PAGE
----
If you accidentally leave little bits of toilet paper in said fissures and creases, it will only up the irritation factor, the dermatologists say. The best bet is to thoroughly rinse your butt “after you have opened your bowels.”
Still, Canadians have been pretty resistant to toilet paper alternatives.
As Adrian Lee wrote in The Globe and Mail, “Here we are, continuing to swipe at our dirtiest parts with our pathogen-transmitting hands – protected only by a few measly scraps of pulp – merely because of the tyranny of convention.”
But just in case COVID-19 panic, barren shelves and belated roll rationing has spurred you to alternatives, here are a few options for a clean, itch-free anus:
- Bidets — The traditional bidet is a basin that sits next to your toilet that you can sit on to wash your genitalia. There are also bidet attachments that can be connected to your toilet so that at the turn of a knob you can spray yourself clean while still sitting on the toilet. Bidets are quite common outside of North America.
- The bum gun — The bum gun is pretty similar to the bidet, except it’s hand-held and more common in Southeast Asia. It’s a nozzle next to the toilet that you use to spray yourself clean with water.
- The lota — The lota is a small pot with a large spout (think teapot or watering can) that’s used by many Muslim people. “Islam teaches that the condition of the body affects the condition of the spirit, so it’s essential to be clean at all times—especially before offering prayers — which is why lots of Muslims use lotas,” explained Javaria Akbar for Vice.
As a bonus, you could consider swapping out your toilet along with the toilet paper. Instead, you could opt for the Toto Washlet C100, a high-tech toilet favoured in Japan. It combines a bidet with button controls that will flush for you, adjust the temperature of the seat, and take care of any unsightly scents.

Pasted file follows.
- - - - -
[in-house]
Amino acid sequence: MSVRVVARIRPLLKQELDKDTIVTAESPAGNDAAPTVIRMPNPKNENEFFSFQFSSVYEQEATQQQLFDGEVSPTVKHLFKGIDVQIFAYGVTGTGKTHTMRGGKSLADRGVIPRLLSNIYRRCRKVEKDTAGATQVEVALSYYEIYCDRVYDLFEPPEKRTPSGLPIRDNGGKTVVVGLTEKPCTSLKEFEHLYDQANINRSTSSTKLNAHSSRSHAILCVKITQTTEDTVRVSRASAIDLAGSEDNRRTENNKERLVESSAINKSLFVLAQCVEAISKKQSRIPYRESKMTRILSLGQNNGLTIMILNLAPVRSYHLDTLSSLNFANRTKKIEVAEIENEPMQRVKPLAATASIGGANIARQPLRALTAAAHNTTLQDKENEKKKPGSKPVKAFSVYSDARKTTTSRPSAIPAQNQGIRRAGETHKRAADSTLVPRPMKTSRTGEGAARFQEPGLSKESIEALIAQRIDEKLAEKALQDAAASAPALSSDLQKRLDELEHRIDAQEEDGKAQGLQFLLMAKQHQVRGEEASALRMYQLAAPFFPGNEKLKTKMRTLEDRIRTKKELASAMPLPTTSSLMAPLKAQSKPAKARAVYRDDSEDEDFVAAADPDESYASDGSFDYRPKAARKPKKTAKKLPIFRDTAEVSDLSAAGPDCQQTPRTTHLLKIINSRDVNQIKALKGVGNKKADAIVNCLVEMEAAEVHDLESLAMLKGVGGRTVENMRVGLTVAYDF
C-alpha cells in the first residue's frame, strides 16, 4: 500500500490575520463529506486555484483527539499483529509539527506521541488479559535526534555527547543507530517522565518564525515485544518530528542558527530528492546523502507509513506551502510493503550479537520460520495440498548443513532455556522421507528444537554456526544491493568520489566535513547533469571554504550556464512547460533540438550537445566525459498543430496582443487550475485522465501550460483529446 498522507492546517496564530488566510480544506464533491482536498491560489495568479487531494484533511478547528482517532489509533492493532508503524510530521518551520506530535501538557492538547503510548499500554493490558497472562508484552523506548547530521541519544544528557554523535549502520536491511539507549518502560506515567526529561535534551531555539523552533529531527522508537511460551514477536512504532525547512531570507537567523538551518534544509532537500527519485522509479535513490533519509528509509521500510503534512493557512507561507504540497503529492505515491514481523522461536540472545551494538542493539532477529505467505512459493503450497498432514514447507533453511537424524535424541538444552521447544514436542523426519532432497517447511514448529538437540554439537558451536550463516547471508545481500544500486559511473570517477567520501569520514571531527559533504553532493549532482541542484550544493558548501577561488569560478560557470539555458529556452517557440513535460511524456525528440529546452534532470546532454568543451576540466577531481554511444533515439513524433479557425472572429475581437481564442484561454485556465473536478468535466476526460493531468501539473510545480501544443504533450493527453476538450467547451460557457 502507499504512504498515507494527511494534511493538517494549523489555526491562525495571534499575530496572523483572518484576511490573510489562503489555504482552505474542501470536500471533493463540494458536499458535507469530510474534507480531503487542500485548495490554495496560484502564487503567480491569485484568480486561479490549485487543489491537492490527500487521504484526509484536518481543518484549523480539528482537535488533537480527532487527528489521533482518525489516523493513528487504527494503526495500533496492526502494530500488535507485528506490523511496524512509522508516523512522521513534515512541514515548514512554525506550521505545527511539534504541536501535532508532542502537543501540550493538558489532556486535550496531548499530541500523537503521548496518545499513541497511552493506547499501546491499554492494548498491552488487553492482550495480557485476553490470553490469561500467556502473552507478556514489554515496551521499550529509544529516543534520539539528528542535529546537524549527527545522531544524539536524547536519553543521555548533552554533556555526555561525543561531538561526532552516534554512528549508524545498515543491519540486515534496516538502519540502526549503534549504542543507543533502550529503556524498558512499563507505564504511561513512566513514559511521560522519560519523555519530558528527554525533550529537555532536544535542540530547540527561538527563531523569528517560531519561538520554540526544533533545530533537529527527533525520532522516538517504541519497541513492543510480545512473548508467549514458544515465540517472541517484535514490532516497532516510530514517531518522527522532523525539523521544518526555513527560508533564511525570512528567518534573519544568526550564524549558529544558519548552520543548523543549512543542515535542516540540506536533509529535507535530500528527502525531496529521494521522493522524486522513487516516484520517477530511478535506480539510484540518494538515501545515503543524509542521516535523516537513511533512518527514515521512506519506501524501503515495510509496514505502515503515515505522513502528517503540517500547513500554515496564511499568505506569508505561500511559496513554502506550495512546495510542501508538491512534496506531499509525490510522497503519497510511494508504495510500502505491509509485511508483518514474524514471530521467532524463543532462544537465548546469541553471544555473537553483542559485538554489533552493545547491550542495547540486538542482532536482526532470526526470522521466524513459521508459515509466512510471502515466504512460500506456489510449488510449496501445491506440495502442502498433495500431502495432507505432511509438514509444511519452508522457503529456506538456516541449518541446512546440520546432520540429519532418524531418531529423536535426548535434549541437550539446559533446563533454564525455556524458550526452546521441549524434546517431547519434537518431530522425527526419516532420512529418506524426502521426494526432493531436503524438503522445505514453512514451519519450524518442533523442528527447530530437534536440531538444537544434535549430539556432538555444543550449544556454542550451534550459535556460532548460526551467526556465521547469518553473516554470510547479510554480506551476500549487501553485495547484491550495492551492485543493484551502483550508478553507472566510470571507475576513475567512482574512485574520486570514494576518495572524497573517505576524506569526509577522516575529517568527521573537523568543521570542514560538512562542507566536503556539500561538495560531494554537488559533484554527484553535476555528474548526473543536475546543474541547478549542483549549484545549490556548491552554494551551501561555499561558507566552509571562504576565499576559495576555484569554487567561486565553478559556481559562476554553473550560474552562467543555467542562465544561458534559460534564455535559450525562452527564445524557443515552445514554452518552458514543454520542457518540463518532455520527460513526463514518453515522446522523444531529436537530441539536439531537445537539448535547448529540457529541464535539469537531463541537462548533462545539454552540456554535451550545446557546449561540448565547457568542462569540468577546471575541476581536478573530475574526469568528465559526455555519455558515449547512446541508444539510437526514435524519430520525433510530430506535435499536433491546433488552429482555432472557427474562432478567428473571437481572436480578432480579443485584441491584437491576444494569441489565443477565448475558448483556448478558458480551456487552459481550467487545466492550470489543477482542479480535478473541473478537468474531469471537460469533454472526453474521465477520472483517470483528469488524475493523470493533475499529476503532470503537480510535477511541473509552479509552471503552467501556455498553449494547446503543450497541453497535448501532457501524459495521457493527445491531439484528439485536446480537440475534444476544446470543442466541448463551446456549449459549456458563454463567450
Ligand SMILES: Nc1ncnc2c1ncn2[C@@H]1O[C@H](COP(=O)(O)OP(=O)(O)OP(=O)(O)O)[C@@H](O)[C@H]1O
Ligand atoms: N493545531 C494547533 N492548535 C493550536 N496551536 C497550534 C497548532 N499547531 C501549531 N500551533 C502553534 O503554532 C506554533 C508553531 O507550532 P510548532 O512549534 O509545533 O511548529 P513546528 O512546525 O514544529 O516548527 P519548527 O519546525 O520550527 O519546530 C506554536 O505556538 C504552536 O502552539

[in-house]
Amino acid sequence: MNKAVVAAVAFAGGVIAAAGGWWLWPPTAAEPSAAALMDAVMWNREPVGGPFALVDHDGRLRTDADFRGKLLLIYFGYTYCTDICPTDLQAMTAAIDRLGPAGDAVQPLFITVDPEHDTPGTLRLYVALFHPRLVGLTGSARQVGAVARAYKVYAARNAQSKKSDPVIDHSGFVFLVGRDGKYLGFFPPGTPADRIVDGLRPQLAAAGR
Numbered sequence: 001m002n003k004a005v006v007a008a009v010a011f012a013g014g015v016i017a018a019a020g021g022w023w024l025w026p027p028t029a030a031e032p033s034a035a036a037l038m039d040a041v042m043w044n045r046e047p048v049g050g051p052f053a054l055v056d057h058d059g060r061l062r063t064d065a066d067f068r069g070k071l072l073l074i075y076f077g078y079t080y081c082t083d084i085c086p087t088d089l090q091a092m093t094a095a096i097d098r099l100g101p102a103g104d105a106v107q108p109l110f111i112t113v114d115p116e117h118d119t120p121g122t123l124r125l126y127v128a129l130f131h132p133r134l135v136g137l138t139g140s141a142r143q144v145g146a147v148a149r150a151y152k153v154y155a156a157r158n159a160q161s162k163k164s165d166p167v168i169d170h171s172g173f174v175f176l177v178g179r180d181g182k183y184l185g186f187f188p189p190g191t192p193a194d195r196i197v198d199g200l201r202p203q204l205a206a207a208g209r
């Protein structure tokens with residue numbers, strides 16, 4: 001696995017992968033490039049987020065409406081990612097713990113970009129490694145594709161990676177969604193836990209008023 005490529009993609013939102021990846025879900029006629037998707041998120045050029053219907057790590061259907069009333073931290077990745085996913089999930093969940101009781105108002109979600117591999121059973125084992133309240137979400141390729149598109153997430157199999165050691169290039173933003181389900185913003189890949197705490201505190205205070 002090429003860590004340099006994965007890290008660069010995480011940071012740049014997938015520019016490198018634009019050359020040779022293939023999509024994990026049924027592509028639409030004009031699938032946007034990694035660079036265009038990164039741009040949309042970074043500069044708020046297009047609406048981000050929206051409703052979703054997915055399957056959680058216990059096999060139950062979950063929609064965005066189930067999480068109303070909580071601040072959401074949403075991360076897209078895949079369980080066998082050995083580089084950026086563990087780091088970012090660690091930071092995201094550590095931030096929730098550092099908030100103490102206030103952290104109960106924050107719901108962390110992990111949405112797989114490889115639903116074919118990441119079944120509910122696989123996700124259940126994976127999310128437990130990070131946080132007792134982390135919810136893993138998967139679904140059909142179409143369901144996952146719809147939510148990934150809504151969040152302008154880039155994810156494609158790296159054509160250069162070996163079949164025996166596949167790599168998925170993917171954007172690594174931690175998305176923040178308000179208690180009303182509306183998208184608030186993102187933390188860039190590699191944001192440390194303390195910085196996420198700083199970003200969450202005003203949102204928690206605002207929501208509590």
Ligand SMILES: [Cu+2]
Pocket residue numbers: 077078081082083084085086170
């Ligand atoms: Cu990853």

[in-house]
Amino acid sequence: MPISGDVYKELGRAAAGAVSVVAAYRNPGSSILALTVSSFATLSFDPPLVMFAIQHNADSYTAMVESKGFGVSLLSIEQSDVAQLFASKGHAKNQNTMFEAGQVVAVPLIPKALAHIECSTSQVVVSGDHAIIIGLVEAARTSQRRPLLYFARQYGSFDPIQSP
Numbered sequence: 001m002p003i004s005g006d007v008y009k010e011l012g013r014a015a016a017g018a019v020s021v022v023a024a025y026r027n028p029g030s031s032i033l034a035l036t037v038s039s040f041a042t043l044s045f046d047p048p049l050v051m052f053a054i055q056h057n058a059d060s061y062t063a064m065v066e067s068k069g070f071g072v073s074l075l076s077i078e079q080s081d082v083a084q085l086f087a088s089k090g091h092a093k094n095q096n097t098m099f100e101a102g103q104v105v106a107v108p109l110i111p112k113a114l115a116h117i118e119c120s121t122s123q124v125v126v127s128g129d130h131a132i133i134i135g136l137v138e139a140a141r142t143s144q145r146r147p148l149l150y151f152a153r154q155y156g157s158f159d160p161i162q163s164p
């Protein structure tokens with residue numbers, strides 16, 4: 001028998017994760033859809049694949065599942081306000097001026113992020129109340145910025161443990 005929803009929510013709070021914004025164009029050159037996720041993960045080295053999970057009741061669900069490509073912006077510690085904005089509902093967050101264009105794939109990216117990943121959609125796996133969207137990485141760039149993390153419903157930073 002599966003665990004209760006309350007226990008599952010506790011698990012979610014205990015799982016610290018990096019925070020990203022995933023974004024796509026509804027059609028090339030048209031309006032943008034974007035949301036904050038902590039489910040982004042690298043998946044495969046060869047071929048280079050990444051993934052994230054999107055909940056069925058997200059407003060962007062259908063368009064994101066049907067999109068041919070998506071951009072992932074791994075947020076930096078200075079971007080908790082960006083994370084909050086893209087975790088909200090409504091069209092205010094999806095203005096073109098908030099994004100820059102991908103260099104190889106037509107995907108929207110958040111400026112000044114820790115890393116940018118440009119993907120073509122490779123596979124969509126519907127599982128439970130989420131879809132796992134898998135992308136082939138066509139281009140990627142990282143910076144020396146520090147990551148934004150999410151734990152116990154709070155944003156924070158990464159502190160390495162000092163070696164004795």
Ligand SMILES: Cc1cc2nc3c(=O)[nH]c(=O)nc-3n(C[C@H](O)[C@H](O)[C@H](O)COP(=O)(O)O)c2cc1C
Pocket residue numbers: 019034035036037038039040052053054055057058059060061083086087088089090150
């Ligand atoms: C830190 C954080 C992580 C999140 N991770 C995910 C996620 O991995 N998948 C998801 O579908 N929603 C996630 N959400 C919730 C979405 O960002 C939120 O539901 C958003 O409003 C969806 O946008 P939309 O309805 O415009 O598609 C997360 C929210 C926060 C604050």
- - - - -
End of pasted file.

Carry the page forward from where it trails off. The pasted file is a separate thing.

It is, as Thomas Ambrosini wrote for Wisecrack, a “porcelain epiphany.”
The new coronavirus was first identified in Hubei province, China, in December 2019 and spread rapidly. While the outbreak has begun to level off in China, it seems the virus has found a foothold in a number of countries around the world, and it continues to spread.
Confused about COVID-19? Here are some things you need to know:
Health officials say the risk is low for Canadians but warn this could change quickly. They caution against all international travel. Returning travellers are asked to self-isolate for 14 days in case they develop symptoms and to prevent spreading the virus to others.
Symptoms can include fever, cough and difficulty breathing — very similar to a cold or flu. Some people can develop a more severe illness. People most at risk of this include older adults and people with severe chronic medical conditions like heart, lung or kidney disease. If you develop symptoms, contact public health authorities.
To prevent the virus from spreading, experts recommend frequent handwashing and coughing into your sleeve. And if you get sick, stay at home.